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It’s only a matter of time before all dealerships go to a no-haggle price, online-only sales structure as inventory shortages across the nation prevail. Many buyers have wished for an easy car shopping experience from start to finish and Ford is looking to do just that. The American automaker recently announced that it’s looking to sell its forthcoming electric vehicles (EVs) 100 percent online and at a fixed price.  

Ford’s CEO says the brand will switch to 100-percent online sales for its EVs

Ford's CEO, Jim Farley stands next to a Ford F-150 Lightning.
Ford’s CEO, Jim Farley stands next to a Ford F-150 Lightning. | Bill Pugliano/Getty Images)

The days are coming when you can easily click on a car online and have it delivered to your door. Well, they’re technically already here with used car retailers like Carvana and Vroom. But for new cars, it’s a different story. Due to franchise laws, a dealership network is needed to sell new cars to consumers. However, Ford looks to change this in the near future by offering no-haggle pricing and straight-to-your-door deliveries for its EV sales.

Ford’s CEO, Jim Farley, said during Bernstein’s Annual Strategic Decisions Conference:

“Target could have gone away, but they didn’t. They bolted on an e-commerce platform and then they use their physical store to add groceries and make returns much easier than Amazon. They use their expertise as a physical retailer to their advantage, but they modernize the e-commerce piece, so it would be really easy to do business with them. It’s exactly what we have to do on the retail side. We got to go to non-negotiated price, we got to go to 100% online. The vehicle, there’s no inventory, goes directly to the customer, 100% remote pickup and delivery.”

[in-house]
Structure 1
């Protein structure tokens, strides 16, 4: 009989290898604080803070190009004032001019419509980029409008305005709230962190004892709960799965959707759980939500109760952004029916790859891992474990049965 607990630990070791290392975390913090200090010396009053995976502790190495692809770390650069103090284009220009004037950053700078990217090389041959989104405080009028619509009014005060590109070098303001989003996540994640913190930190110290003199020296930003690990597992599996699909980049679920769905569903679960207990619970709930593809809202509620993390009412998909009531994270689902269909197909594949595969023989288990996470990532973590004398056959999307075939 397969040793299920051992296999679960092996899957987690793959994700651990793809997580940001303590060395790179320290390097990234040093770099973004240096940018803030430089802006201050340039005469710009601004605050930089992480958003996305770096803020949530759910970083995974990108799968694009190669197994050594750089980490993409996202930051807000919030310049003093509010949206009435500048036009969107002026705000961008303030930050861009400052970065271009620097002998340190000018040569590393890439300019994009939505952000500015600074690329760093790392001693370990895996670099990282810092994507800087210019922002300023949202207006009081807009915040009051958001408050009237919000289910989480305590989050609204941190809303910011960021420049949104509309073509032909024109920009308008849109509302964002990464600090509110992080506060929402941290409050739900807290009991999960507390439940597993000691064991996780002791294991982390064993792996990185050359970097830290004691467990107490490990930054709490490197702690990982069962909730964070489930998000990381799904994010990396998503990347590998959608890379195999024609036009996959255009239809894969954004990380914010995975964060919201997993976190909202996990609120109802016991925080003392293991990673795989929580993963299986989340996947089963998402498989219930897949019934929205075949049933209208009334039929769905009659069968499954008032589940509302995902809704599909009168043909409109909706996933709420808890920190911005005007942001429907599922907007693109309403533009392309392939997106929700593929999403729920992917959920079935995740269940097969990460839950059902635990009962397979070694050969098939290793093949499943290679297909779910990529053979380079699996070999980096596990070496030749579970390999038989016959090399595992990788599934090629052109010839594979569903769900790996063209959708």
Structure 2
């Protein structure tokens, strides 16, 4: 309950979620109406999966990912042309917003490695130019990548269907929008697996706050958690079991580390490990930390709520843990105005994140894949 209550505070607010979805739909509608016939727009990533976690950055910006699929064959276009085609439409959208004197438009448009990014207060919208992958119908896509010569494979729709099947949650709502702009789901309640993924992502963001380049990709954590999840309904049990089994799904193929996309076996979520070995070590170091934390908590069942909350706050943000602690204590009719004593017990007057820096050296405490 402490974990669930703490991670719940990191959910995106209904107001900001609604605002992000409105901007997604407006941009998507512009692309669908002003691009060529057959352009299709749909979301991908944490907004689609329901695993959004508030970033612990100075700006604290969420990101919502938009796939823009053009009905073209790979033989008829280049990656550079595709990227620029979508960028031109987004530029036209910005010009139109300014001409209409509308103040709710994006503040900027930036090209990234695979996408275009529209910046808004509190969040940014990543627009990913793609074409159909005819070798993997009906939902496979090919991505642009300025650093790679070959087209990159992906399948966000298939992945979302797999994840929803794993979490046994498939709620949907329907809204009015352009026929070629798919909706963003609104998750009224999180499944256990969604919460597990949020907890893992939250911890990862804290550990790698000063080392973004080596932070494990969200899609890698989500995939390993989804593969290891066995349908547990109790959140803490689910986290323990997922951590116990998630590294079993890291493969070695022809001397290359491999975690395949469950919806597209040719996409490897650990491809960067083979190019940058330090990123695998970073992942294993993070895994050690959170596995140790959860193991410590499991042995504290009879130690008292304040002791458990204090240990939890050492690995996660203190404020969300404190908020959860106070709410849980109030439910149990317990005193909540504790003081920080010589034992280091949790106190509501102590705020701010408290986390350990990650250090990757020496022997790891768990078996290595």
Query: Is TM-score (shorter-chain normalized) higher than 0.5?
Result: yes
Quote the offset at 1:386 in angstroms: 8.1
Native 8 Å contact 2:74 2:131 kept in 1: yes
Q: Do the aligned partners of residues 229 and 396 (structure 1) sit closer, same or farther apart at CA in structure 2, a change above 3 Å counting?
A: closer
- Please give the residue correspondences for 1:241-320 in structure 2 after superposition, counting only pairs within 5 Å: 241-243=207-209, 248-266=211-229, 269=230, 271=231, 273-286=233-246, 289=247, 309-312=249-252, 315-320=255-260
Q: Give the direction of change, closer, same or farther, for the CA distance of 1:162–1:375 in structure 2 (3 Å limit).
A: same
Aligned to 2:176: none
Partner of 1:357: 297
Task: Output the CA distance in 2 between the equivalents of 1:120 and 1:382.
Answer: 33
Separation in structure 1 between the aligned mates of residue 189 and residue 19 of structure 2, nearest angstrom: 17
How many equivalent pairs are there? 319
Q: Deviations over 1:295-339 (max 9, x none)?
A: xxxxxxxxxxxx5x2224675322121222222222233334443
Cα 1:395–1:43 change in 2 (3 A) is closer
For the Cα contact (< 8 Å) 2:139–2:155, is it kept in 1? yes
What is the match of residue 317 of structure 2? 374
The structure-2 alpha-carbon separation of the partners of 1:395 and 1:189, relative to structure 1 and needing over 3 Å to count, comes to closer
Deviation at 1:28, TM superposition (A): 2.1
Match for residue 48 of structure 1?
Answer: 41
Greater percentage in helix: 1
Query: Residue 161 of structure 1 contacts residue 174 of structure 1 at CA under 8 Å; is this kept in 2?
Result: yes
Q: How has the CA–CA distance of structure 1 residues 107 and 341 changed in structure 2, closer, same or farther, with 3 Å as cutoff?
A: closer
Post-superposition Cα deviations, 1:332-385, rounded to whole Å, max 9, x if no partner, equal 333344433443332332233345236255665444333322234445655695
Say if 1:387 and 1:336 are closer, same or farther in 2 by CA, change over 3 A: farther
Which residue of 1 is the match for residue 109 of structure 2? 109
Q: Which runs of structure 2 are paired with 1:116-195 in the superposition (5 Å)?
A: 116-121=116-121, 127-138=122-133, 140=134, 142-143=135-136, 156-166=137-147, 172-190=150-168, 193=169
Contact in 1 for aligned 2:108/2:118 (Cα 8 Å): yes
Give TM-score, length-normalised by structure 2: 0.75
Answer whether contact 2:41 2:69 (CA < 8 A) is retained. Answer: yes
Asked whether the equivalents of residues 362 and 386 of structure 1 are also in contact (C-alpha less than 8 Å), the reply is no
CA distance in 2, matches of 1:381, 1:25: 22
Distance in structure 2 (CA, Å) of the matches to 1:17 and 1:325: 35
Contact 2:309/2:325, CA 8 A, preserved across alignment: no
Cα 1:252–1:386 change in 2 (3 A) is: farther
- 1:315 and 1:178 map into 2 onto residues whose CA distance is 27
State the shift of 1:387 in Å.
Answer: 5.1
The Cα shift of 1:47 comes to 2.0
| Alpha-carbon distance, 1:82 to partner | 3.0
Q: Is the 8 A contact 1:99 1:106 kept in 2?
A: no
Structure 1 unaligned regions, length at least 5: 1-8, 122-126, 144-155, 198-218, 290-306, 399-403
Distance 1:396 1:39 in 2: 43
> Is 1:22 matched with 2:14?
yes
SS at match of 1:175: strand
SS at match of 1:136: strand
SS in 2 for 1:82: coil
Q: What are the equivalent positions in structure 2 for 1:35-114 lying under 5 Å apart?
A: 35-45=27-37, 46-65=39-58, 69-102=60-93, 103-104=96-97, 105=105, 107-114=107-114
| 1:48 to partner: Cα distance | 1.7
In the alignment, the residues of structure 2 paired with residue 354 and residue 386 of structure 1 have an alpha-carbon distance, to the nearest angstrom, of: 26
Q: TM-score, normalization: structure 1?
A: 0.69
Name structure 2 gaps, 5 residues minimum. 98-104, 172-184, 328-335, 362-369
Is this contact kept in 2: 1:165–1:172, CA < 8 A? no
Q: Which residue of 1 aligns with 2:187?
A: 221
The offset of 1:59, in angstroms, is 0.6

Ford isn’t looking to get rid of its physical stores just yet

A Ford dealership in New Zealand.
A Ford dealership in New Zealand. | Smith Collection/Gado/Getty Images

In case you’re wondering, Ford isn’t planning on completely getting rid of its dealerships just yet. Instead, it plans to keep them for non-EV sales. Road and Track noted that Ford is looking to move to a “100-percent digital architecture that could support could support online transactions, not that all tractions taking place online” when it comes to its non-electrified vehicles.

Farley also noted that the physical dealership locations will have a huge opportunity to get an edge over competitors. When it comes to EVs, one of those competitors is Tesla, which has used this sales model for some time. In fact, Ford aims to beat out Tesla in EV sales. Farley said that it has the capacity to produce 600,000 EVs, which is a far cry from Tesla’s 936,000 deliveries last year. But Farley is hopeful as he believes EV prices will eventually lower to around $25,000 as the cost of batteries gets cheaper.

Engadget noted that the dealership stores will theoretically also act as customer services and delivery centers where customers can pick up their online orders.  

Which EVs will Ford sell online?

A white 2022 Ford Mustang Mach-E electric SUV is parked.
The 2022 Ford Mustang Mach-E | Ford

So far, it looks like the Ford Mustang Mach-E and Ford F-150 Lightning would be prime candidates for fully online sales. However, let’s keep in mind that this news is merely an announcement as no concrete sales dates have been put in place yet. We’ll keep you posted as to when Ford will offer this new sales structure.


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